My involvement in Hadassah grew, and I came to know more of the amazing women leading my Hadassah region. When I shared with Lonye Rasch, that she was the first region leader to give me a start on my advanced Hadassah journey, she seemed surprised that I was crediting her with my start in national Hadassah. When Lonye was region president, she supported my attendance at the 2001 Hadassah National Convention in Israel. That trip changed my life and I have never looked back.
Lonye didn’t realize it then, but by next giving me a position on the region board, she brought me into a new level of leadership and inspiration. Being present at the region meetings and learning how the different levels of Hadassah functioned, developed in me a desire to give even more of myself to this amazing organization. All the while, I was working full time as a teacher and raising two young daughters. Lonye made a space for me to create opportunities for other younger women and taught me how to manage my time. It was her leadership that set me on the path I have carved out for myself in Hadassah. Even today, whenever we see each other, I look to her words as guidance. I value her knowledge about Hadassah and her opinions on how to make things happen in Hadassah.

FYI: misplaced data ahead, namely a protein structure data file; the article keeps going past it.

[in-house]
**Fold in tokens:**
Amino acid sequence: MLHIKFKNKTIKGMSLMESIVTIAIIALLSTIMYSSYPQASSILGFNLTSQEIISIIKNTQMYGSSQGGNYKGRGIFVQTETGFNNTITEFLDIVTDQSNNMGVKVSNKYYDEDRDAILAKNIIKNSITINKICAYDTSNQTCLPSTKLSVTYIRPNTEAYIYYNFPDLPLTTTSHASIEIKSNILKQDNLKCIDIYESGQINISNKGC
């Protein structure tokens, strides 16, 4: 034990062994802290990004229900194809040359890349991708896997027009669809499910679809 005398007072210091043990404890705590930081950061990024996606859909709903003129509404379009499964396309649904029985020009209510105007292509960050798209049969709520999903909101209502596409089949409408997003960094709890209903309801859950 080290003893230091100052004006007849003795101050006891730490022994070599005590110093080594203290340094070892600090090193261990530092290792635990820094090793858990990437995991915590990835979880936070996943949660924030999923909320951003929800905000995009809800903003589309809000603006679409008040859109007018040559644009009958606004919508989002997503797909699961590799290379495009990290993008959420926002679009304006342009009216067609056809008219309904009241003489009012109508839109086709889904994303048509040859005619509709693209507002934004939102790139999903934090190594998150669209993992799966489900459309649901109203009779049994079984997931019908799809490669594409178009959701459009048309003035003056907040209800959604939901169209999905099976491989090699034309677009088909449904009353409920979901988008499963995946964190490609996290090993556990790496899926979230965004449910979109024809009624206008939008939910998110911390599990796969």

I suppose the strongest and most heartfelt Hadassah mentor I have had, is Barbara Spack. Barbara is my “Hadassah Eema.” She has been there for me throughout my Hadassah journey. Barbara was there in the lobby of the David Citadel hotel after the Sbarro bombing in 2001. She was there to support me in my fear and anxiety, at that time and to help me get through that terrifying experience. She has continued to be my strength as I navigate my Hadassah path. She encourages me to do what I can and helps me recognize that challenges can be overcome.
Barbara’s presence in my Hadassah life has been invaluable. Her dedication to Hadassah through education, Young Judaea, and advocacy are incredible. I look to her with inspiration for all she has accomplished herself, and hope to be a model to others the way she has been a model to me. My heart is full of appreciation for her, whether she realizes it or not. She is my connection.
Strong women run through all areas of my life and I am extremely fortunate to call them friends and mentors. Now I am at the point, that I hope to be a mentor to other young women in Hadassah. As the chair of Hadassah EVOLVE – The Young Women’s Network, I am able to interact, train and guide a new cadre of young women in Hadassah. My hope is to inspire these women, in the same way my Hadassah mentors have inspired me. I wish to offer them support and guidance and instill in them the same passion I feel for Hadassah. I plan to “pay it forward” as they say, so that Hadassah has a strong leadership pipeline for the future.
Hadassah women take initiative and lead by nature. I have been blessed with many memorable and significant female mentors in my life. I feel so fortunate to have been brought into the Hadassah family, through my actual family and the family built through Hadassah. I value every woman I meet through Hadassah and feel blessed to have had these incredible women guide me in life.